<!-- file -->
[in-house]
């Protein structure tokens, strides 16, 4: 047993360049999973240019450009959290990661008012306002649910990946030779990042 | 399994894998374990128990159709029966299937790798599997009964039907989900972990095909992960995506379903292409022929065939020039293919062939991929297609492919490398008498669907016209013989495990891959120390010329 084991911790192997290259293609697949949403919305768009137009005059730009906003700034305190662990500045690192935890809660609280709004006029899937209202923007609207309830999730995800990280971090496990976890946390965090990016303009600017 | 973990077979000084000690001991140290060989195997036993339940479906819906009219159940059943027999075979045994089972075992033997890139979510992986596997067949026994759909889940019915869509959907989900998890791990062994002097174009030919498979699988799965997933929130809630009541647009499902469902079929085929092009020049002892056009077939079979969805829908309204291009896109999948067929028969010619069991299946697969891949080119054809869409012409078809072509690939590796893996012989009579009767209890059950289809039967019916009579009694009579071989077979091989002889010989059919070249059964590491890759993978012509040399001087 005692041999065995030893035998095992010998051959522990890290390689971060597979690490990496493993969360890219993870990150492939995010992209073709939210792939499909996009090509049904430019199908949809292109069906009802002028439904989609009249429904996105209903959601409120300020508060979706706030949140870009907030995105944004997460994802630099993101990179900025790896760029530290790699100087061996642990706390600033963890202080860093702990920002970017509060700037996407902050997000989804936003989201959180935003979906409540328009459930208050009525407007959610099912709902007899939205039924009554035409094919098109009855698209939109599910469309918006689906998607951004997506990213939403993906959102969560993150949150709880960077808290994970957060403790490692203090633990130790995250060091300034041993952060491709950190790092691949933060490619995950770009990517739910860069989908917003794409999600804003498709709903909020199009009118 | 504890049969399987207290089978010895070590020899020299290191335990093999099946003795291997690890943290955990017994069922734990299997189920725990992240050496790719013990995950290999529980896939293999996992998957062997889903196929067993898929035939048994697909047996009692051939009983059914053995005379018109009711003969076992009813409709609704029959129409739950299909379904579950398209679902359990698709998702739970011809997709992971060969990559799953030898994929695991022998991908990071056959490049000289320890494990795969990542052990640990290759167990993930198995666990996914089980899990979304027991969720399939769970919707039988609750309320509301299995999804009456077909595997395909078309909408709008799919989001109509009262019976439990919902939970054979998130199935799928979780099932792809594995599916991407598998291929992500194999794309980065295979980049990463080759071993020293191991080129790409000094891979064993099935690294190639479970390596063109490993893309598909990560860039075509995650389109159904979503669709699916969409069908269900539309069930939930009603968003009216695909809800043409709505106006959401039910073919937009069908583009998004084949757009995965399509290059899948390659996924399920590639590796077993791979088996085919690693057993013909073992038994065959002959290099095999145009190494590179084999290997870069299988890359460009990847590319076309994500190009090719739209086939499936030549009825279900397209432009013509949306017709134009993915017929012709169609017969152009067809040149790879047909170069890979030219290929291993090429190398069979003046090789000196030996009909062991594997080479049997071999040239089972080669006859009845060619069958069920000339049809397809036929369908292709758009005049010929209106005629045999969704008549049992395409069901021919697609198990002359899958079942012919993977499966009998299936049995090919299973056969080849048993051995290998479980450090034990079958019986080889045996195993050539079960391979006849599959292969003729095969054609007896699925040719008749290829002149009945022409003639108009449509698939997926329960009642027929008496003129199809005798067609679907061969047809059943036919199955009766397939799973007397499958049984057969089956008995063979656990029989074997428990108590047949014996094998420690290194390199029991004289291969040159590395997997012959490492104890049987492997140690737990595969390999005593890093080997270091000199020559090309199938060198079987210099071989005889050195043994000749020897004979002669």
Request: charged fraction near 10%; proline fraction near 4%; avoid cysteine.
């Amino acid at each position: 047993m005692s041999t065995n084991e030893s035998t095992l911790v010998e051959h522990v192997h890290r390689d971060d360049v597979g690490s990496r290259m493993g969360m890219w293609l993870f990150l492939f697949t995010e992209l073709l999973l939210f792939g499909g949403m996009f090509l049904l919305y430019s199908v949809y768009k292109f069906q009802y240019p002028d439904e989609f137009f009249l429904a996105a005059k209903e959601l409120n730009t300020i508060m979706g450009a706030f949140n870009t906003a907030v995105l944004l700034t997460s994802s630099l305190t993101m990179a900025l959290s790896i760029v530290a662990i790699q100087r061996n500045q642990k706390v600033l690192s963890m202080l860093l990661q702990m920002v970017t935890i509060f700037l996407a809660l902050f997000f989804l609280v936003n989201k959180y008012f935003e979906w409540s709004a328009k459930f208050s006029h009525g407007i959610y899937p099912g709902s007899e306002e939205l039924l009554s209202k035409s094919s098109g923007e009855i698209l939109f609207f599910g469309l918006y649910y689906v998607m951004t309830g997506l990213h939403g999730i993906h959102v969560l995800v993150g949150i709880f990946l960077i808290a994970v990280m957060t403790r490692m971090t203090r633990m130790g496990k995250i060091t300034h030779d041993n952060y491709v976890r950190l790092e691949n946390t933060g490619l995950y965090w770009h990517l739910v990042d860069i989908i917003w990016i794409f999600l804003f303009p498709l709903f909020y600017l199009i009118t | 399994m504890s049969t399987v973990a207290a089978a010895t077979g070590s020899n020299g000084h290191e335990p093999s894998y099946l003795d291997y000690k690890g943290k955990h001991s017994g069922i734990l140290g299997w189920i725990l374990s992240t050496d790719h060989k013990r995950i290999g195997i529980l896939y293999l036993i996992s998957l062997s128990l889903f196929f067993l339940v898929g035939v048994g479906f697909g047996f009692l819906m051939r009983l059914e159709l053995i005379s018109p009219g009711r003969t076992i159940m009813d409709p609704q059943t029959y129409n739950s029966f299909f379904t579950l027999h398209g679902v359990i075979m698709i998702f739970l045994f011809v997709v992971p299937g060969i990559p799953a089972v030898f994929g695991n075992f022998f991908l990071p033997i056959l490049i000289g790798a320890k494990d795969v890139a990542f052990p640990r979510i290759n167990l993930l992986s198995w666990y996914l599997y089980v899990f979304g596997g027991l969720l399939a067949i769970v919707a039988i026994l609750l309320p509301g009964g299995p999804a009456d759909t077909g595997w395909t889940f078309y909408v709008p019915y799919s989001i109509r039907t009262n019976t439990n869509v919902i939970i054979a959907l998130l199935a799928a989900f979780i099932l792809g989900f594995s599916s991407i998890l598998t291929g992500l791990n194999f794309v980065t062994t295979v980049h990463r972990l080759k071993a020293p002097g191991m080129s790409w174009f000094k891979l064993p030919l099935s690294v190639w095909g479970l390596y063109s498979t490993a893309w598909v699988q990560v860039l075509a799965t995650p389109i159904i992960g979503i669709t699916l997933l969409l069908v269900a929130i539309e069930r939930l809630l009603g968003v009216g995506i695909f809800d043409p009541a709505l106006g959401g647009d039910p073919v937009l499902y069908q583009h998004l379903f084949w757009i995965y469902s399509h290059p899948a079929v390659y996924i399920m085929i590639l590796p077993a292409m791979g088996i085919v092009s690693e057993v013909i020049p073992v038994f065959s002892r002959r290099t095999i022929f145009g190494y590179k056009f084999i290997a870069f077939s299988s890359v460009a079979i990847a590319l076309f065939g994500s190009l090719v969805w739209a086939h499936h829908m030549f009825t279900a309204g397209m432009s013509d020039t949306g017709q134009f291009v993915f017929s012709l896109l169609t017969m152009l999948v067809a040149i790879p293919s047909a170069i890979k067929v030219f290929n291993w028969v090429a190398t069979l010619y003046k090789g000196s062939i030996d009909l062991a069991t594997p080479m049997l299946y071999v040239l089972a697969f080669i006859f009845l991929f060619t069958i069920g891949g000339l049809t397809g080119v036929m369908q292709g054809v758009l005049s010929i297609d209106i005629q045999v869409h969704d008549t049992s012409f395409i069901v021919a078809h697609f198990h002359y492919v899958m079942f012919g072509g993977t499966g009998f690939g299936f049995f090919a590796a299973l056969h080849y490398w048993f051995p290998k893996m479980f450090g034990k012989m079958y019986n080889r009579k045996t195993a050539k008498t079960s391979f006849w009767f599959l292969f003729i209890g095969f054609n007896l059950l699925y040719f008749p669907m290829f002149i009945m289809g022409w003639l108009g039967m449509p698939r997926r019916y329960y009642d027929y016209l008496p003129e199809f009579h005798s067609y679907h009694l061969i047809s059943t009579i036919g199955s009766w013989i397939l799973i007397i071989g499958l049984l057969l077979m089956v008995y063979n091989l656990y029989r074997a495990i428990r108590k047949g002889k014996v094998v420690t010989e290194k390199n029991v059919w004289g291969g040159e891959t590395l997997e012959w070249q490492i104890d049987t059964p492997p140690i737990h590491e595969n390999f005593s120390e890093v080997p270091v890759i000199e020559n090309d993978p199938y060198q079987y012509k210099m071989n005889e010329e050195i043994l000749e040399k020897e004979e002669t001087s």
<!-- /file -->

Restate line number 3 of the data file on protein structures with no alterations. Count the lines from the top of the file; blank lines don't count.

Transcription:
Request: charged fraction near 10%; proline fraction near 4%; avoid cysteine.